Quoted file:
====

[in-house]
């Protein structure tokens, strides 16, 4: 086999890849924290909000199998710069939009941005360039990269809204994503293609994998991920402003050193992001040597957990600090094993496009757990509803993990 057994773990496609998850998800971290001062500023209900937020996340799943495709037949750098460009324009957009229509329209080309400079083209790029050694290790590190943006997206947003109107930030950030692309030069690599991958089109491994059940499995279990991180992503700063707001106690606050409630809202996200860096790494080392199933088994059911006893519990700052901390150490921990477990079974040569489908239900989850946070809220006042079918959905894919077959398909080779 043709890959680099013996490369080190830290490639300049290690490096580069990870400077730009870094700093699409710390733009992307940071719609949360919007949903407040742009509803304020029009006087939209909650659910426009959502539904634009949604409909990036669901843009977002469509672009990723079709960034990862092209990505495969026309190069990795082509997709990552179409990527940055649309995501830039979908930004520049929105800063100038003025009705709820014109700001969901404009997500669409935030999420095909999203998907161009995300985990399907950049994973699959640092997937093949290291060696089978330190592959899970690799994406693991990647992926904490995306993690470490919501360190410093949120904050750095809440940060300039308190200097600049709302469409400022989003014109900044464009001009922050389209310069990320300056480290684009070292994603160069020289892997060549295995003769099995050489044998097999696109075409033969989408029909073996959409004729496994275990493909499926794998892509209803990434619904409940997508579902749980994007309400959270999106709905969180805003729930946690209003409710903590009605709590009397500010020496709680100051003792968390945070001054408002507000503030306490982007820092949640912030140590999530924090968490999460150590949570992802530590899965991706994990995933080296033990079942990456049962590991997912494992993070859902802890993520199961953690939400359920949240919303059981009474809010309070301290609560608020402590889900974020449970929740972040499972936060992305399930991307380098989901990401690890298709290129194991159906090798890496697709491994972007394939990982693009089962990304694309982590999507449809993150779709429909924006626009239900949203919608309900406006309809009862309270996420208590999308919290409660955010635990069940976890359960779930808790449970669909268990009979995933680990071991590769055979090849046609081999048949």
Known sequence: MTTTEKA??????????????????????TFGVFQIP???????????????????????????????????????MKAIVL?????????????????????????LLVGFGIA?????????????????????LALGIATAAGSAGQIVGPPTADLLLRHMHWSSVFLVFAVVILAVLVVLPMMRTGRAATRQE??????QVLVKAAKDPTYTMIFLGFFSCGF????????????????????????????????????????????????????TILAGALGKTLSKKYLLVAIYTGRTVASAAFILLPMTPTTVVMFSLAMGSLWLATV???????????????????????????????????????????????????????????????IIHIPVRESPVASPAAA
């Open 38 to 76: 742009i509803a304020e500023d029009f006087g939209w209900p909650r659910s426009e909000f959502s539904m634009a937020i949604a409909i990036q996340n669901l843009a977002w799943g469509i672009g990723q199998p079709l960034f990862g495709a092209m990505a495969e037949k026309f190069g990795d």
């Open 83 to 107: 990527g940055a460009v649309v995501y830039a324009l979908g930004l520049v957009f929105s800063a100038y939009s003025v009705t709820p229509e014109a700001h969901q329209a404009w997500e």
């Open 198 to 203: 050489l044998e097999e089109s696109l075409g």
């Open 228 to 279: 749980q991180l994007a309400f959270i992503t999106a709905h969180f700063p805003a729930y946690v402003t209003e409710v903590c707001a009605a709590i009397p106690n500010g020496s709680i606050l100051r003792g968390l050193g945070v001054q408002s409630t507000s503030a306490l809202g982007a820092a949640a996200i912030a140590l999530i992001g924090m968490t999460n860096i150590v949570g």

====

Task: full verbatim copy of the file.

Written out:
[in-house]
């Protein structure tokens, strides 16, 4: 086999890849924290909000199998710069939009941005360039990269809204994503293609994998991920402003050193992001040597957990600090094993496009757990509803993990 057994773990496609998850998800971290001062500023209900937020996340799943495709037949750098460009324009957009229509329209080309400079083209790029050694290790590190943006997206947003109107930030950030692309030069690599991958089109491994059940499995279990991180992503700063707001106690606050409630809202996200860096790494080392199933088994059911006893519990700052901390150490921990477990079974040569489908239900989850946070809220006042079918959905894919077959398909080779 043709890959680099013996490369080190830290490639300049290690490096580069990870400077730009870094700093699409710390733009992307940071719609949360919007949903407040742009509803304020029009006087939209909650659910426009959502539904634009949604409909990036669901843009977002469509672009990723079709960034990862092209990505495969026309190069990795082509997709990552179409990527940055649309995501830039979908930004520049929105800063100038003025009705709820014109700001969901404009997500669409935030999420095909999203998907161009995300985990399907950049994973699959640092997937093949290291060696089978330190592959899970690799994406693991990647992926904490995306993690470490919501360190410093949120904050750095809440940060300039308190200097600049709302469409400022989003014109900044464009001009922050389209310069990320300056480290684009070292994603160069020289892997060549295995003769099995050489044998097999696109075409033969989408029909073996959409004729496994275990493909499926794998892509209803990434619904409940997508579902749980994007309400959270999106709905969180805003729930946690209003409710903590009605709590009397500010020496709680100051003792968390945070001054408002507000503030306490982007820092949640912030140590999530924090968490999460150590949570992802530590899965991706994990995933080296033990079942990456049962590991997912494992993070859902802890993520199961953690939400359920949240919303059981009474809010309070301290609560608020402590889900974020449970929740972040499972936060992305399930991307380098989901990401690890298709290129194991159906090798890496697709491994972007394939990982693009089962990304694309982590999507449809993150779709429909924006626009239900949203919608309900406006309809009862309270996420208590999308919290409660955010635990069940976890359960779930808790449970669909268990009979995933680990071991590769055979090849046609081999048949």
Known sequence: MTTTEKA??????????????????????TFGVFQIP???????????????????????????????????????MKAIVL?????????????????????????LLVGFGIA?????????????????????LALGIATAAGSAGQIVGPPTADLLLRHMHWSSVFLVFAVVILAVLVVLPMMRTGRAATRQE??????QVLVKAAKDPTYTMIFLGFFSCGF????????????????????????????????????????????????????TILAGALGKTLSKKYLLVAIYTGRTVASAAFILLPMTPTTVVMFSLAMGSLWLATV???????????????????????????????????????????????????????????????IIHIPVRESPVASPAAA
């Open 38 to 76: 742009i509803a304020e500023d029009f006087g939209w209900p909650r659910s426009e909000f959502s539904m634009a937020i949604a409909i990036q996340n669901l843009a977002w799943g469509i672009g990723q199998p079709l960034f990862g495709a092209m990505a495969e037949k026309f190069g990795d």
């Open 83 to 107: 990527g940055a460009v649309v995501y830039a324009l979908g930004l520049v957009f929105s800063a100038y939009s003025v009705t709820p229509e014109a700001h969901q329209a404009w997500e």
């Open 198 to 203: 050489l044998e097999e089109s696109l075409g």
């Open 228 to 279: 749980q991180l994007a309400f959270i992503t999106a709905h969180f700063p805003a729930y946690v402003t209003e409710v903590c707001a009605a709590i009397p106690n500010g020496s709680i606050l100051r003792g968390l050193g945070v001054q408002s409630t507000s503030a306490l809202g982007a820092a949640a996200i912030a140590l999530i992001g924090m968490t999460n860096i150590v949570g």